To evaluate if the combination with homotaurine and L-carnosine was able to improve the neuroprotective effect observed following forskolin treatment, the three compounds were administered together. The doses of homotaurine and L-carnosine to be used in combination with the effective concentration of forskolin (100 μM) were extrapolated from the ratio between the components present in a food supplement commercially available in Italy and indicated as a dietary supplement to support retinal health.

At the chosen doses, the intravitreal administration of homotaurine (0.059 μmol/eye) combined with L-carnosine (0.036 μmol/eye) did not afford neuroprotection following retinal ischemia. However, when the two compounds were administered in combination with forskolin the percentage of RGC loss was significantly reduced compared to forskolin alone (Figure 2).

Forskolin/homotaurine/L-carnosine association reduces calpain activation following ischemia/reperfusion

Excitotoxicity significantly contributes to RGC death following retinal ischemia/reperfusion [32]. The calcium overload, consequent to NMDA glutamate receptors overstimulation, leads to the activation of calcium-dependent cysteine proteases, calpains, an event mainly related to the necrotic death occurring during the early stages of reperfusion [33,34]. We investigated calpain activation by monitoring the accumulation of 150/145 kDa α-spectrin breakdown products (SBDPs) generated by calpains following 1 h reperfusion [33,35].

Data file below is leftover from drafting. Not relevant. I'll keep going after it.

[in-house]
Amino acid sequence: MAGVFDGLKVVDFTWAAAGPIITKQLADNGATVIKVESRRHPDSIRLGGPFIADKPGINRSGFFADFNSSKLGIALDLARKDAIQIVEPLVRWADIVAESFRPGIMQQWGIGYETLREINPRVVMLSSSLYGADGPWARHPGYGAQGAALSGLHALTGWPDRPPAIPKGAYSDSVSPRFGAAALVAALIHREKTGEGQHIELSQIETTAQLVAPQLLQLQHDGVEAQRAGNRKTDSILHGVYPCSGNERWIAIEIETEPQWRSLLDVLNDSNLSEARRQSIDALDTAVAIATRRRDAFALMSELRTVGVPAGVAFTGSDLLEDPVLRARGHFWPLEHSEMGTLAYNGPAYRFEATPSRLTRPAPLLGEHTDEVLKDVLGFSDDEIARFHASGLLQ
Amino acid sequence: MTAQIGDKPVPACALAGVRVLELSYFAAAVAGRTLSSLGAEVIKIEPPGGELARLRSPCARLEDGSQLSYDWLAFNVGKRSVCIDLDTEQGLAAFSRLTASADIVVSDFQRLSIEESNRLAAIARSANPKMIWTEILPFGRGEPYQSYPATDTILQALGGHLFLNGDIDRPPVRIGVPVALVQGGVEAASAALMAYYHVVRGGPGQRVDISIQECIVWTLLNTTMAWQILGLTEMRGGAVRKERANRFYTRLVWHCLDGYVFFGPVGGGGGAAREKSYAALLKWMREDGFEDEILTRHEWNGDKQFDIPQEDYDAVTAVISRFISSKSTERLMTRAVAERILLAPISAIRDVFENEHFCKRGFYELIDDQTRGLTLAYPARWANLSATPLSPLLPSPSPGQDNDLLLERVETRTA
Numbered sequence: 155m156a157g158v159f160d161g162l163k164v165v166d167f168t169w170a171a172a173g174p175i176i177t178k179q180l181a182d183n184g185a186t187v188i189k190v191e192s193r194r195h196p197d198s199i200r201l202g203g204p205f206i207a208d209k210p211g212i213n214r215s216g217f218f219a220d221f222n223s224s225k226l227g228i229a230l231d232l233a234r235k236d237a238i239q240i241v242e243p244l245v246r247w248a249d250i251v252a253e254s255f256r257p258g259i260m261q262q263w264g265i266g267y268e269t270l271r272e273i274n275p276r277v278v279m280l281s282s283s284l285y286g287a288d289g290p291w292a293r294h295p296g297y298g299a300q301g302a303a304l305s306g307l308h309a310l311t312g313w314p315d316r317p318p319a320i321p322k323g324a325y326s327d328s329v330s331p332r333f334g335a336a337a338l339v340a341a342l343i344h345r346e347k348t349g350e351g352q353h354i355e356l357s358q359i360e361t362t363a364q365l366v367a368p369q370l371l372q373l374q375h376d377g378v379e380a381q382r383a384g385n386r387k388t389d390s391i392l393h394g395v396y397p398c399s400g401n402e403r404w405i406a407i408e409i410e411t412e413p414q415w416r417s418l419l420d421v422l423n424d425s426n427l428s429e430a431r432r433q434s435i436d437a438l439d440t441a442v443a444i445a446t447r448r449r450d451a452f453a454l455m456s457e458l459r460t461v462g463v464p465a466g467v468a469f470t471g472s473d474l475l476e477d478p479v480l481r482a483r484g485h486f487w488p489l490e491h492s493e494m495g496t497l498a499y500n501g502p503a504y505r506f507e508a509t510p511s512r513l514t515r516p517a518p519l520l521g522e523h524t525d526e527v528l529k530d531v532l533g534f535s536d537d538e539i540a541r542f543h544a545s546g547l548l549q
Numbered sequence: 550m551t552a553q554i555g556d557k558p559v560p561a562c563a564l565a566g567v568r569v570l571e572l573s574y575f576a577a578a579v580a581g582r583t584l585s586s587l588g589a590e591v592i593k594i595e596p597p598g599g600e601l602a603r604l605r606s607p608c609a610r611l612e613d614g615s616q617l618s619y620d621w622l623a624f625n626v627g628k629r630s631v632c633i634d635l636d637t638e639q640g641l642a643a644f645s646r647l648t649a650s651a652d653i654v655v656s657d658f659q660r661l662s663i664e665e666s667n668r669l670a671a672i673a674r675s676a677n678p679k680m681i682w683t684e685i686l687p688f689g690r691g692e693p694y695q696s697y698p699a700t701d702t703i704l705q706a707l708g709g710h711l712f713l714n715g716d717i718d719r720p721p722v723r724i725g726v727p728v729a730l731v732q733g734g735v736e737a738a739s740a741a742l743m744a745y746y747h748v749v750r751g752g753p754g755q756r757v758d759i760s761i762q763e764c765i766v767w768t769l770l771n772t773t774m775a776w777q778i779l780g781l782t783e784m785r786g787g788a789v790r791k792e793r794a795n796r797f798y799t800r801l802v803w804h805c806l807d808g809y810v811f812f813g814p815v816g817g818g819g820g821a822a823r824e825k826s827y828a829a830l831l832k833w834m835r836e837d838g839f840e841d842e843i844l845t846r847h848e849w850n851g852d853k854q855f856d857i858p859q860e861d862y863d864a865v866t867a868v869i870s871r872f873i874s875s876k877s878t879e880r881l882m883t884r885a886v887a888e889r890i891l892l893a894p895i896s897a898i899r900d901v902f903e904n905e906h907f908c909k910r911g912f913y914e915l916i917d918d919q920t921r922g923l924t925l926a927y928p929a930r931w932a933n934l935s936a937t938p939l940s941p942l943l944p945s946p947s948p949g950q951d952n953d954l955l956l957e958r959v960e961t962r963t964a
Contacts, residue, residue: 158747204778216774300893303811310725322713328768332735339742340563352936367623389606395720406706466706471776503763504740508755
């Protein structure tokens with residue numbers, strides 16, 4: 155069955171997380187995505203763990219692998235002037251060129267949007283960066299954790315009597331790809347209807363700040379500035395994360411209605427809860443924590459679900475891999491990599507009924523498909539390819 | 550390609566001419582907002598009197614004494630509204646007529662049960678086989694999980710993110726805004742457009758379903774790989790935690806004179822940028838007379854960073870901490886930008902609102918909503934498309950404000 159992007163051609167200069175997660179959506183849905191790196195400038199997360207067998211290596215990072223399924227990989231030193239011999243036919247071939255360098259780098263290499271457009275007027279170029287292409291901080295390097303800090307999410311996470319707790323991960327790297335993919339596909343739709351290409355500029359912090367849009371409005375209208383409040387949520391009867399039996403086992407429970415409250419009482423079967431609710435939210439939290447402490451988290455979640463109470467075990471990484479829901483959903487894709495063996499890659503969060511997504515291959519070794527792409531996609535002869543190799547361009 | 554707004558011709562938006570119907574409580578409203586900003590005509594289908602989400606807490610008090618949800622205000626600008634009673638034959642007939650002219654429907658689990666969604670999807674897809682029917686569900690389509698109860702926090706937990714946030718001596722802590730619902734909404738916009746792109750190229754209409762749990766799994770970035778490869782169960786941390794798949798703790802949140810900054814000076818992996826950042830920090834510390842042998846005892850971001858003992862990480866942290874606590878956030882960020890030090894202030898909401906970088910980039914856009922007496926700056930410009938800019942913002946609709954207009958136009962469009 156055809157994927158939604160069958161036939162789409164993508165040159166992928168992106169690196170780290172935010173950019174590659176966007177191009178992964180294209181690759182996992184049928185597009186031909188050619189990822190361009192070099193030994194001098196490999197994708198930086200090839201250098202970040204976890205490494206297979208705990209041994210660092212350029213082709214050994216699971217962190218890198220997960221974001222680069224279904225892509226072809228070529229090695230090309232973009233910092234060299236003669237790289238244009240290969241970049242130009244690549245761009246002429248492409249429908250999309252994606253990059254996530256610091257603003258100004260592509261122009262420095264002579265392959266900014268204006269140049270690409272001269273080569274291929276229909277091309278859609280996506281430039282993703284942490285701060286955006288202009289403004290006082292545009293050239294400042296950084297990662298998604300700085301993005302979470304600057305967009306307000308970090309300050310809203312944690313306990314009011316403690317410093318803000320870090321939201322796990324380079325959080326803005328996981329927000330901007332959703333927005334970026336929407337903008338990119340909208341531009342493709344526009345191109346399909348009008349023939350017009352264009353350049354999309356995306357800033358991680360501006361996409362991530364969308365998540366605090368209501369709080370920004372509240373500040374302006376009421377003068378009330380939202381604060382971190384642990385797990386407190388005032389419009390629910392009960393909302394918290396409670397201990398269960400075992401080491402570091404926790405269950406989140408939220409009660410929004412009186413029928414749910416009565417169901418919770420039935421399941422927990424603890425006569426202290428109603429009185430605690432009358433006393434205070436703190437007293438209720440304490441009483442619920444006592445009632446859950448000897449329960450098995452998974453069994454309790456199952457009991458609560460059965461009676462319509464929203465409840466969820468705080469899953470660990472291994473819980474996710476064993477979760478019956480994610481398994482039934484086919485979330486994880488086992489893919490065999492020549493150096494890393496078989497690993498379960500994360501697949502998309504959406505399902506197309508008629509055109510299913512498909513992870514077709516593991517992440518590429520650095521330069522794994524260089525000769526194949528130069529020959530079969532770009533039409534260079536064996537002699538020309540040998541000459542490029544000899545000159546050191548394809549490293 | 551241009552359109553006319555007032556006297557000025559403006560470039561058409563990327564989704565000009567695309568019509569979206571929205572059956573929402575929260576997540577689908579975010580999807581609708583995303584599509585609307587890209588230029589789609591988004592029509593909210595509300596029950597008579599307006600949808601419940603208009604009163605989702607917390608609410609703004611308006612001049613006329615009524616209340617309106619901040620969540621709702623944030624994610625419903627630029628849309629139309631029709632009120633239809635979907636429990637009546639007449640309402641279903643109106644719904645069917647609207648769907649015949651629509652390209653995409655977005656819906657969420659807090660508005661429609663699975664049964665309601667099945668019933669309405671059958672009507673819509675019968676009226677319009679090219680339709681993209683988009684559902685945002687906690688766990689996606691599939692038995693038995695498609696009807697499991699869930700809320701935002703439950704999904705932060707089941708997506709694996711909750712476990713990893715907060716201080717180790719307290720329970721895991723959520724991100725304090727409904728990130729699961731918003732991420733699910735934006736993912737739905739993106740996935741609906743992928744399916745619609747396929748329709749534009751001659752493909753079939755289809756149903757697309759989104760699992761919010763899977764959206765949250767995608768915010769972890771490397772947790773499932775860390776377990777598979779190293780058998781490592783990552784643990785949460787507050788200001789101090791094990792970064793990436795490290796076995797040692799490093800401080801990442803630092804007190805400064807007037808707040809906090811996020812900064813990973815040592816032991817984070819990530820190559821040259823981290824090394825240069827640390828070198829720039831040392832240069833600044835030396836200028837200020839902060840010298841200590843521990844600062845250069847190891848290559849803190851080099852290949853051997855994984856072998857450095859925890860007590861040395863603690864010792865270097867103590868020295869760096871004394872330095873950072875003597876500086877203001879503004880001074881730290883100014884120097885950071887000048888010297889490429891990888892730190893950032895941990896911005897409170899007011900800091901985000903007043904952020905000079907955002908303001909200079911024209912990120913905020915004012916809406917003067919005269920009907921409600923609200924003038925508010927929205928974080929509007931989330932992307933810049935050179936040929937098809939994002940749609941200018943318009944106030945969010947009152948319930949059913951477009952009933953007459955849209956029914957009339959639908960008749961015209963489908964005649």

Neither treatment with homotaurine/L-carnosine association, nor with forskolin was able to reduce the buildup of the typical 150/145 kDa doublet observed after 1 h reperfusion (Figure 3). However, the association between forskolin, homotaurine, and L-carnosine strongly reduced the accumulation of 150/145 kDa SBDPs, supporting the previously observed potentiated neuroprotective effects of the combined drugs.

Intravitreal treatment with forskolin/homotaurine/L-carnosine increases Akt activation and GSK-3β phosphorylation in the retina subjected to ischemia/reperfusion